By the time Dave reached the piano in Holmdel, New Jersey, during the June 10th performance of "Mercy," the older man with the grey goatee sitting in the rented lawn chair in front of me had already played two turns of "Words With Friends" on his phone. In fact, I was surrounded by people sitting on blankets texting and checking Facebook. People were audibly sighing and talking about what song they wanted to hear instead of "Mercy."
People don't like "Mercy." Read the reviews. Just this year's tour reviews alone have already called the song "trash" (from 5/13), "possibly the worst song Dave ever wrote" (from 5/19), a "lowlight" that can "go away forever" (a combination of reviews from from 6/6), and a "buzzkill" (review from Holmdel). Check out AntsMarching.org's show flow where "Mercy" is almost always listed as one of the low points of shows. Listen to the recordings-- you will sometimes here a collective sigh of disapproval at the first guitar lick of the song. People do not want to hear this song at a show.
...and I don't know why.
During the encore break, I asked the grey goateed man in front of me why he hated the song. His response was that "Mercy" was "too long, too slow, and too repetitive." And that sounded fair to me-- until I thought about "Cortez The Killer." Dave and the boys played "Cortez" three songs after "Mercy," and the crowd (particularly grey-beard) loved it. "Cortez" is much longer (over 11 minutes longer at Wednesday's show), much slower (around 61 beats-per-minute, compared to "Mercy" at 97 BPM), and much more repetitive (the entire song contains only three chords - like pretty much every Neil Young song). So what gives? Why the hate for "Mercy"?
NOTE: At this point, I should clarify: I do not think "Mercy" is better than "Cortez"-- I'm not a lunatic.
Let me be fair about this; I understand some of the hate. I recognize that people can't dance to the song. I recognize that not everyone wants to hear a 6 minute piano-led jam that contains no lyrics and no solos. I'll even recognize that the lyrics are pretty rough ("Crime won't save or feed a hungry child"-- really, Dave? I'm pretty confident that "feeding my hungry kids" is pretty high on the list of reasons for crime, just above "I thought I could get away with it").
But, is "Mercy" really so bad? Is it really a "buzzkill"? Its lyrics are certainly no more preachy than "Seek Up" or "Dive In." And its lyrics are certainly more rooted in our present lives than "Cortez" (a song about the 16th century invasion of the Aztec Empire by the Spanish that isn't even factual).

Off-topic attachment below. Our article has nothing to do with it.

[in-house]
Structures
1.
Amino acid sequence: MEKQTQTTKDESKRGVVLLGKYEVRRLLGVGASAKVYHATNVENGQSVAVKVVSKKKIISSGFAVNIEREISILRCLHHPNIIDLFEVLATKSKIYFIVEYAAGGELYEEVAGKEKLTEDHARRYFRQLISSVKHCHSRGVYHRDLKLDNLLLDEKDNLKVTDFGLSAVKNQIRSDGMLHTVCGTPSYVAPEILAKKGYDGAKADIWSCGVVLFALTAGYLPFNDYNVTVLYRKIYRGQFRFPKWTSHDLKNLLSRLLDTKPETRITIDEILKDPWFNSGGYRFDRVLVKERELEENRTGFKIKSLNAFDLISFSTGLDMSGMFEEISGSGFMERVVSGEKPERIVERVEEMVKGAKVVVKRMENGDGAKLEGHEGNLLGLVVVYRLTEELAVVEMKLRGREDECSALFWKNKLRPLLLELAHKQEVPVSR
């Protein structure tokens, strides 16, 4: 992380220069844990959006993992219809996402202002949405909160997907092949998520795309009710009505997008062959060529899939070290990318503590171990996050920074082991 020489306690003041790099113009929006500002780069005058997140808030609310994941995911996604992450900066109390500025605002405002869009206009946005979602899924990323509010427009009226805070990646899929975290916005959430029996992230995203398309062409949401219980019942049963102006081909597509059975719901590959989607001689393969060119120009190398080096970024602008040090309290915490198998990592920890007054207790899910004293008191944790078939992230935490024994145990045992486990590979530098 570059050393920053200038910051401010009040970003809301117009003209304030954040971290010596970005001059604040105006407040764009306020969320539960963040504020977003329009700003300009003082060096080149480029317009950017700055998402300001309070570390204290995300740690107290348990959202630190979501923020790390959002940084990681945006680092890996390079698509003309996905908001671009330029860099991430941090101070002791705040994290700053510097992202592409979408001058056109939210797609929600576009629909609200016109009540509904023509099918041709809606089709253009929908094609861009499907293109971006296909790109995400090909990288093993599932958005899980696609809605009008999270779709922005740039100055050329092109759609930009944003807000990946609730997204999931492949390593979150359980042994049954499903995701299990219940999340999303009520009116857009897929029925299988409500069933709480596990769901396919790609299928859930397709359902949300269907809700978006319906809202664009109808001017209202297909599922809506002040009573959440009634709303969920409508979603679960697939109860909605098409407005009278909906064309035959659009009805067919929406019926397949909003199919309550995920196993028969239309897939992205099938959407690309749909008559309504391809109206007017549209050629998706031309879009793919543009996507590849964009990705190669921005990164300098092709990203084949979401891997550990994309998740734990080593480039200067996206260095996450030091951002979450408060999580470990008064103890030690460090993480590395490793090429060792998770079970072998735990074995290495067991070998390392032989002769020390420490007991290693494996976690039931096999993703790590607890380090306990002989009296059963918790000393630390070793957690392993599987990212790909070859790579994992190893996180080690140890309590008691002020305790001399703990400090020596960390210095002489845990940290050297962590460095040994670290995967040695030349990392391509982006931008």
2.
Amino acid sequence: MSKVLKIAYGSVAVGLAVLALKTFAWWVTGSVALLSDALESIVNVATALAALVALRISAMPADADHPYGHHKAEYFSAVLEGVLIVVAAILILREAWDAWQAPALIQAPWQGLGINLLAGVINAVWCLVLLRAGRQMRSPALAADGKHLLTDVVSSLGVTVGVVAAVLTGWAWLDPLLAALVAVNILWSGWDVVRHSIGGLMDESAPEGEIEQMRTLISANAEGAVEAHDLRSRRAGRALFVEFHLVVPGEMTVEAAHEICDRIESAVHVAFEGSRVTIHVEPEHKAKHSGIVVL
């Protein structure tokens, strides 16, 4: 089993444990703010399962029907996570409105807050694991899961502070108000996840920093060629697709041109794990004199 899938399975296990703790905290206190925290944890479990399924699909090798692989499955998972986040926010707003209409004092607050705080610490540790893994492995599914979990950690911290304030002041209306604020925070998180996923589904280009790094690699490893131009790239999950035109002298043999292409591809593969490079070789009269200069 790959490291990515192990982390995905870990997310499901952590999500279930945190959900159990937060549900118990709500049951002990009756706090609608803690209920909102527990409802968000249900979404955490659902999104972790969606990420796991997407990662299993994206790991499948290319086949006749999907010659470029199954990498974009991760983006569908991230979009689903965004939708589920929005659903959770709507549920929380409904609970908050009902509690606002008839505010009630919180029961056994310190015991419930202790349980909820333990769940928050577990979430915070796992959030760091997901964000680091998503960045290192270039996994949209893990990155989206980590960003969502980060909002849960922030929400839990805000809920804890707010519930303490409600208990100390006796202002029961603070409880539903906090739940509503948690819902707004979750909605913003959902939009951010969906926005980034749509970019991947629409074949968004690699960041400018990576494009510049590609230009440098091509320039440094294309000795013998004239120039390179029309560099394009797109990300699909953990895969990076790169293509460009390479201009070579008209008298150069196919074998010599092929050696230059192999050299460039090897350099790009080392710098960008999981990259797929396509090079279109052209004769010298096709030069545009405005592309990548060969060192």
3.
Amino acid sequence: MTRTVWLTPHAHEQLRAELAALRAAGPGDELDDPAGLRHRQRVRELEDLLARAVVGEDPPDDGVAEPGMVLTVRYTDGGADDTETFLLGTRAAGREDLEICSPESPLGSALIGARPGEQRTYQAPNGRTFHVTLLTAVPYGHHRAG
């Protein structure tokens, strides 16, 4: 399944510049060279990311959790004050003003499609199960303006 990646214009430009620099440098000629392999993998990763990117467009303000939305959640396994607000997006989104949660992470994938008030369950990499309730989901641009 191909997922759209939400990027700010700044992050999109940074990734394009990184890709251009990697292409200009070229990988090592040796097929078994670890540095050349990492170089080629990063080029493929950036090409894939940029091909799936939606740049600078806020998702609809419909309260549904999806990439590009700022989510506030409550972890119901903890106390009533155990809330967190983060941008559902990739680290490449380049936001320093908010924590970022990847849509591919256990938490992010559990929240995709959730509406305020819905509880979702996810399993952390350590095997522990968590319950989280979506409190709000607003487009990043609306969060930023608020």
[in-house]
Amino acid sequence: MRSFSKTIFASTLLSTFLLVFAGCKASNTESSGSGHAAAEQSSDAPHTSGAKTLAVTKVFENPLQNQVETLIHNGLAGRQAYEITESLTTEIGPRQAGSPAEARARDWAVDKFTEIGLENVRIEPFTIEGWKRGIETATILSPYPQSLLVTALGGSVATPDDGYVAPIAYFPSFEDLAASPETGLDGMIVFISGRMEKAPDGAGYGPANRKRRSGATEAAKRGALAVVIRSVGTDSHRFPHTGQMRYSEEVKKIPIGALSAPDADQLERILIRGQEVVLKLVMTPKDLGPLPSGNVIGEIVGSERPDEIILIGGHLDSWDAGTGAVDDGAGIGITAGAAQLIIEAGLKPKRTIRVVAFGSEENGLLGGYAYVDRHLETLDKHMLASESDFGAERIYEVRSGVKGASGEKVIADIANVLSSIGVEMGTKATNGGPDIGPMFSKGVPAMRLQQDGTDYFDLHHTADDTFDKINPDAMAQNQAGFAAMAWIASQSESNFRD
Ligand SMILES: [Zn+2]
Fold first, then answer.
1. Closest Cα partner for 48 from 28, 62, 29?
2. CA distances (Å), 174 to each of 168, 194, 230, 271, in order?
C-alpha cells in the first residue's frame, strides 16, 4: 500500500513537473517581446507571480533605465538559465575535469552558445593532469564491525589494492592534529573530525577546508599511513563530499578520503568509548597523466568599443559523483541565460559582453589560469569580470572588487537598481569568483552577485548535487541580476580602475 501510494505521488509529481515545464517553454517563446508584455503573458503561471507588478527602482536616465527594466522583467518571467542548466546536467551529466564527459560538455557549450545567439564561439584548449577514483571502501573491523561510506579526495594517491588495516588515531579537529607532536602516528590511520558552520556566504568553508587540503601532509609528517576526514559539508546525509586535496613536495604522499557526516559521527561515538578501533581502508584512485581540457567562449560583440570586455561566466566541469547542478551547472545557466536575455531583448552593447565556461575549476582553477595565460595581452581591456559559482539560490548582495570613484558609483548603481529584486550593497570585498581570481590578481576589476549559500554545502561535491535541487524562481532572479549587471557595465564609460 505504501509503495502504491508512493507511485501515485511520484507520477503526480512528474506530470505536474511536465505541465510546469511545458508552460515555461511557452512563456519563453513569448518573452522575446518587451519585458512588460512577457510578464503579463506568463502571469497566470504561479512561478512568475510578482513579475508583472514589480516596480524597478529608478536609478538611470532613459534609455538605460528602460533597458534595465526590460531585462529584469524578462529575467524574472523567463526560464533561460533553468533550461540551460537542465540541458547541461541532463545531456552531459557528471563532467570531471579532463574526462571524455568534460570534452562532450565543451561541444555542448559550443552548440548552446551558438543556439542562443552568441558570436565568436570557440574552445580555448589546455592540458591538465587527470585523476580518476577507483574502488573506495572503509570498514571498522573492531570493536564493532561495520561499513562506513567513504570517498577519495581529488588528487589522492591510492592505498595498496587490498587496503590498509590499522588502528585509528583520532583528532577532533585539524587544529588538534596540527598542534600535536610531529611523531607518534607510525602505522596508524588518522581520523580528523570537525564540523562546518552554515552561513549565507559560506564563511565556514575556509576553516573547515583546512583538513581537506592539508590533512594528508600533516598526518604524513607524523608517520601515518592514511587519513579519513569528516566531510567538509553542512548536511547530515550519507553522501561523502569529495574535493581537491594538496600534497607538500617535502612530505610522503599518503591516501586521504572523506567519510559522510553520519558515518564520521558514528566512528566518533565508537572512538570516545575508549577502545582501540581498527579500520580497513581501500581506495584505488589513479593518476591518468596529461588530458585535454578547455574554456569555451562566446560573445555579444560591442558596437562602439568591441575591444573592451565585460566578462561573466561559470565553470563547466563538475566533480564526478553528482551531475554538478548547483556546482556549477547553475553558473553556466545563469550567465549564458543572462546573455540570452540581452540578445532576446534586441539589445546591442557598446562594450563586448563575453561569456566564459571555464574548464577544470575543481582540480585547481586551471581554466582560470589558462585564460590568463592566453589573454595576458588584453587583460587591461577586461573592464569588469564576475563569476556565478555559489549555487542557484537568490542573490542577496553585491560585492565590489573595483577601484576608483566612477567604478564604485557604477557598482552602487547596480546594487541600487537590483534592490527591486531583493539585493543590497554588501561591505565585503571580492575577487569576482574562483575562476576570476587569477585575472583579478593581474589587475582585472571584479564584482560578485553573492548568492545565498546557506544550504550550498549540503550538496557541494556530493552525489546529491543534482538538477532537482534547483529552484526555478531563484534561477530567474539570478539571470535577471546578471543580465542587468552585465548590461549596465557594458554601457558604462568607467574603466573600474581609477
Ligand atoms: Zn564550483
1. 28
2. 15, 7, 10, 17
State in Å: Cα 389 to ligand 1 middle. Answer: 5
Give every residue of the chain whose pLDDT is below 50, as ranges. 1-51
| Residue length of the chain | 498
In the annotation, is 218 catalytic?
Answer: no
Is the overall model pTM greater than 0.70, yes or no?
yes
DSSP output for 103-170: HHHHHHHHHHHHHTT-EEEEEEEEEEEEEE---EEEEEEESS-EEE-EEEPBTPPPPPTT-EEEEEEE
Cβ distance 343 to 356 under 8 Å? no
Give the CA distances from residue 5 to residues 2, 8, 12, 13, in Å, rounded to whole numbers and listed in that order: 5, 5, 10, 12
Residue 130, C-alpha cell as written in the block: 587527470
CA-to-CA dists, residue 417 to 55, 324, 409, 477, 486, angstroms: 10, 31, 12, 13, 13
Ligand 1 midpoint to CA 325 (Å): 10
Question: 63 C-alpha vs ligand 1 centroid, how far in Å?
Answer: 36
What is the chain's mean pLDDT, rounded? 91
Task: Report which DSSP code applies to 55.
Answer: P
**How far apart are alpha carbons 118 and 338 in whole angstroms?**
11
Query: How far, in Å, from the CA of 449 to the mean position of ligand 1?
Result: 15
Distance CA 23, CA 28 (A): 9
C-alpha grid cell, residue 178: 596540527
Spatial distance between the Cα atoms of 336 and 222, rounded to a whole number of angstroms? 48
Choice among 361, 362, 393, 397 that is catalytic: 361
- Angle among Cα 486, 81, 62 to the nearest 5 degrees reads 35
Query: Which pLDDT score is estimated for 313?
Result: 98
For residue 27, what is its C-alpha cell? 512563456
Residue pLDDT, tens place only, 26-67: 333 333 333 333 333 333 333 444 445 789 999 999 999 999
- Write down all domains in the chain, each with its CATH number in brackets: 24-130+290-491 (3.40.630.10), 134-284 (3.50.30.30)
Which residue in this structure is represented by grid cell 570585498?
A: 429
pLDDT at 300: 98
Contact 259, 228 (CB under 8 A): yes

And, maybe that six-minutes piano coda to "Mercy" is worth a re-listen. Go. Pull up a good version of the song. YouTube has literally dozens of them. I'll wait...
Good. I know it's not the most dynamic jam in the band's repertoire, but listen. It's unique. It's (as far as I can tell) the only extended jam in the band's oeuvre where no single instrument takes the lead. It's not a solo where Boyd rips away and the horns punctuate with background licks. It's not about one instrument rising above the rest. It's about balance. Every instrument in the band plays some very simple riff (Dave's bittersweet piano melody, Tim's electric guitar chirps, the horns soft whine), and the whole group moves forward together. Maybe balance isn't thrilling (watching seven musicians build a moment together at the same pace is inherently less exciting than watching Warren Haynes blast a solo while the band backs him up), but it's tough to do. It's something that shows how great this band is, and how well they can talk to each other with instruments. It fits the theme of the song well too-- seven people working together to build something impressive. "Mercy" has been (so far this tour) played at 36% of shows-- so, if you're going to multiple shows, odds are, you'll see it. When Dave starts the song, you may be inclined to huff and grab your cellphone or get a beer. You might have an idea for a good word in "Words With Friends." But, give it a shot. You might find you get into it this year.
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